Too excited to plan or pack well, I drove three hours on Friday to the North Shore. I was headed for the first gathering of Aurora Chasers on the Great Lakes, but I had no idea what to expect. It would be a mingling of old friends and complete strangers, a mix of scientists and photographers — and a blend of novice and expert chasers of the Northern Lights.
Needing a shot of courage, I focused on nature during the drive. I watched the side of the highway as fall colors danced past my eyes. I marveled at the vibrant color of the Tamaracks, entire forests of glowing orange. I studied the treetops, especially the White Pines, as they climbed over the horizon, reaching for the sun.
“Drive, Baby, Drive”
Before me was an expanse of beauty, shining in the afternoon light, but ahead was a storm cloud, threatening to dampen the adventure. I passed underneath a rain shower, with fewer drops than windshield wipers, and emerged back into the sun.
I felt so happy, moving north through Minnesota, bound for the fresh evergreen air, I was already smiling — enjoying the indie rock that sounded from the stereo. “Drive, baby, drive,” sang a voice, accompanied by violin. Then I felt someone tap my left shoulder, his touch so warm that it heated me through my sweater.
It was the sun.
The clouds had moved behind me, to reveal radiant sunbeams, when one of them touched me on the shoulder and brushed the side of my face. I was meant to do this, I thought. Whoever I would meet, whatever I would do, wherever I would be, it was meant to happen.
Whenever the heavens flickered with otherworldly light, we would be ready.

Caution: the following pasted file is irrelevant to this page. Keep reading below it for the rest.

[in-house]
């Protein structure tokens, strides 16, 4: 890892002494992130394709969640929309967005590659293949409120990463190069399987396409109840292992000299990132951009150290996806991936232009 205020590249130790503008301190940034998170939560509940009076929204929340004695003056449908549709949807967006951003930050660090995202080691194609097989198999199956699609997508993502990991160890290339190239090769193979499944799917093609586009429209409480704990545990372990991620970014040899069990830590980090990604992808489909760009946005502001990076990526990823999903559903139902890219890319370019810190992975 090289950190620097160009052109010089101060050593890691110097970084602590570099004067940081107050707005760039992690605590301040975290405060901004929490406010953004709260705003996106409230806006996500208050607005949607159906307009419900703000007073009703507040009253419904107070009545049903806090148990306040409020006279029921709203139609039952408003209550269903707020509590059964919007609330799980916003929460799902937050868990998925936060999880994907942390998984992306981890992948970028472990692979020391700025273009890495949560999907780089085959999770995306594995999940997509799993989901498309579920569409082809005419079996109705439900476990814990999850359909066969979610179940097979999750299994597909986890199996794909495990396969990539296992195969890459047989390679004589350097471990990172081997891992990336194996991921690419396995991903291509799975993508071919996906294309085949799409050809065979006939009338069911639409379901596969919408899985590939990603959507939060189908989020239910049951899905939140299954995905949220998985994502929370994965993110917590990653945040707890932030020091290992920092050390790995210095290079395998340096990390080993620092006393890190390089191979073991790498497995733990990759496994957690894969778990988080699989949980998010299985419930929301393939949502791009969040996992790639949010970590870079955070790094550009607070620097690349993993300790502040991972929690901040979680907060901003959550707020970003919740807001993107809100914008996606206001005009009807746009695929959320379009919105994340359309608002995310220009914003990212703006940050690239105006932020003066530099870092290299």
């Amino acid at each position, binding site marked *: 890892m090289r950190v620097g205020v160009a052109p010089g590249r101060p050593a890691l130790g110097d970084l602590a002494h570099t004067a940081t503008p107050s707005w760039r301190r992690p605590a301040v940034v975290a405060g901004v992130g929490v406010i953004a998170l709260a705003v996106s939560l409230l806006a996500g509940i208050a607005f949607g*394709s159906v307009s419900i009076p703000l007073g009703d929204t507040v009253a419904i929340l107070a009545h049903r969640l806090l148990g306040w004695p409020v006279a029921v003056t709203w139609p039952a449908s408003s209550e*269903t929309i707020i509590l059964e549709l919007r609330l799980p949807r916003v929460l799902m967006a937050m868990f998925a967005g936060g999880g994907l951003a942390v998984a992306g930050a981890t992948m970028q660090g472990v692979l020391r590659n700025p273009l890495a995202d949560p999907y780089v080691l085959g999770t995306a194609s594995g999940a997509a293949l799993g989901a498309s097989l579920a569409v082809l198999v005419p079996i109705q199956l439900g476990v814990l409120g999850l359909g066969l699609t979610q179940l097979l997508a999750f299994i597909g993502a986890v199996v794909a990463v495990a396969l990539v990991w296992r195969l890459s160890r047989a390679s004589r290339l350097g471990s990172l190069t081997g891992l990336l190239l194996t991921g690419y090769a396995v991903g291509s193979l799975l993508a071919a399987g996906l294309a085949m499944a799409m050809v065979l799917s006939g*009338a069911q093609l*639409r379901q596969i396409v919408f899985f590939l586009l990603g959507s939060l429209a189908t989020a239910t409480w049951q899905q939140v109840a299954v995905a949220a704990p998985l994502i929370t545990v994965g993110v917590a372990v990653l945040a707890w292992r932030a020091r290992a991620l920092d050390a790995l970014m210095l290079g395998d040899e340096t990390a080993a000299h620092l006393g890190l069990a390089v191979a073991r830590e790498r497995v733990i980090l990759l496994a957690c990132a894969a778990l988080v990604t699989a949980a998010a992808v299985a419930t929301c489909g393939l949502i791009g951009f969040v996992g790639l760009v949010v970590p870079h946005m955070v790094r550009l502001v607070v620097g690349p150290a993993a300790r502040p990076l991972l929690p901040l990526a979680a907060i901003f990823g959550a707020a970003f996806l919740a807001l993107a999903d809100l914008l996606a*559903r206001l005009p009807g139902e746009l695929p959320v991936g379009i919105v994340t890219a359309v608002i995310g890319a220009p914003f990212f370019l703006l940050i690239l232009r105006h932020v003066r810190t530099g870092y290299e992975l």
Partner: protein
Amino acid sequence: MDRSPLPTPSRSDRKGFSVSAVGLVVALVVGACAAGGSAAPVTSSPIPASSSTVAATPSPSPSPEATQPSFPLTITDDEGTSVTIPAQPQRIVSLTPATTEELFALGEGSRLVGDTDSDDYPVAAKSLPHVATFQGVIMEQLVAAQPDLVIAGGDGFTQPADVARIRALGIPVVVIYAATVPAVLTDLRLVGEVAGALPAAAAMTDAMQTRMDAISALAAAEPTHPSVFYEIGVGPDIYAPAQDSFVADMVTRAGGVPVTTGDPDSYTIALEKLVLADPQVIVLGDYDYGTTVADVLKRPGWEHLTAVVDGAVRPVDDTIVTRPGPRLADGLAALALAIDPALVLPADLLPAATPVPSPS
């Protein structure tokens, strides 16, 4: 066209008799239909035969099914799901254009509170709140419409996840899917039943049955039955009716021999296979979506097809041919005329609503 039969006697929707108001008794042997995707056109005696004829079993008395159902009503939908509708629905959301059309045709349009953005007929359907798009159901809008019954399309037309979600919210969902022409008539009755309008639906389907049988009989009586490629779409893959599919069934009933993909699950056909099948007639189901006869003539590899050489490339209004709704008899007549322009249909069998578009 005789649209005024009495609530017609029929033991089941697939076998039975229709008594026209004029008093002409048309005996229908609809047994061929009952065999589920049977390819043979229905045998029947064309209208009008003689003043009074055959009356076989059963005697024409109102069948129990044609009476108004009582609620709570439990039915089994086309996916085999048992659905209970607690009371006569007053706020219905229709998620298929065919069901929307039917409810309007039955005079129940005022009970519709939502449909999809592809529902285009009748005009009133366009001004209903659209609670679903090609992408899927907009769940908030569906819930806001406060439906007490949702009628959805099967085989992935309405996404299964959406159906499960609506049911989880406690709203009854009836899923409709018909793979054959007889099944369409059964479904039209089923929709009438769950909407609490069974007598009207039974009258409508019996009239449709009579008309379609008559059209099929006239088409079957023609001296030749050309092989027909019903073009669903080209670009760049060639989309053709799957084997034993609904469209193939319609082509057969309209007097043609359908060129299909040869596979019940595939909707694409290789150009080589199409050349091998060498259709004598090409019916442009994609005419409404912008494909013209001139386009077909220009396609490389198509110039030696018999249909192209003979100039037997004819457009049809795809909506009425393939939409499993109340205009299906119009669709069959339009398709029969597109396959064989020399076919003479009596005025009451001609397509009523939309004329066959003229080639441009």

The Task at Hand
Snapping out of this pleasant trance, I concentrated on the task at hand: Finding the Northern Lights. The Aurora Chasers would need clear skies. We would need to be in darkness, far from city lights. Where did the cloud cover begin, and where would it end? Would we get lucky tonight?
I established a landmark in my mind: Pine City, Minnesota. That was where the cloud cover finally engulfed my car. Worst-case scenario, this was how far south we would need to travel if the Aurora Borealis lit up the contiguous U.S.
But I knew better.
Lake Superior is a force of nature, and when you are on the shore, the weather changes with dramatic whims. If we had faith in the lake, the waves would rock and the winds would gust, letting thousands of clusters and constellations shine for us that weekend.
Faith, Trust and a little bit of Pixie Dust.
Not only did the stars shine late that night, when we saw them above Gooseberry Falls, they came out in force the following eve. Lake Superior cast out the clouds in the middle of each night, inviting them back for glorious sunrises each morning.
— If only I could have survived on just seven hours of sleep, I could have witnessed the magenta-melon blaze Sunday at dawn that several photographers did!
Along with our guests from at least five states, I saw the heavens reflected in Little Stone Lake on Saturday night. Jupiter shone so brightly, its reflection dropped across the lake — floating on the water just beyond the southern shore. A campfire burned in a hidden bay to the west, its flames concealed behind the evergreens as it projected a warm light into the night sky. A few photographers even caught the Northern Lights on camera, as they danced in subtle green columns across the horizon, framing the trees in a soft ethereal glow.
A Date with Other Planets
Even though our sunspots had a date with other planets, they sent a little solar plasma our way. What did it mean? Success for the Aurora Hunters, and excited shouts as we glimpsed the bottom of Lady Aurora’s gown!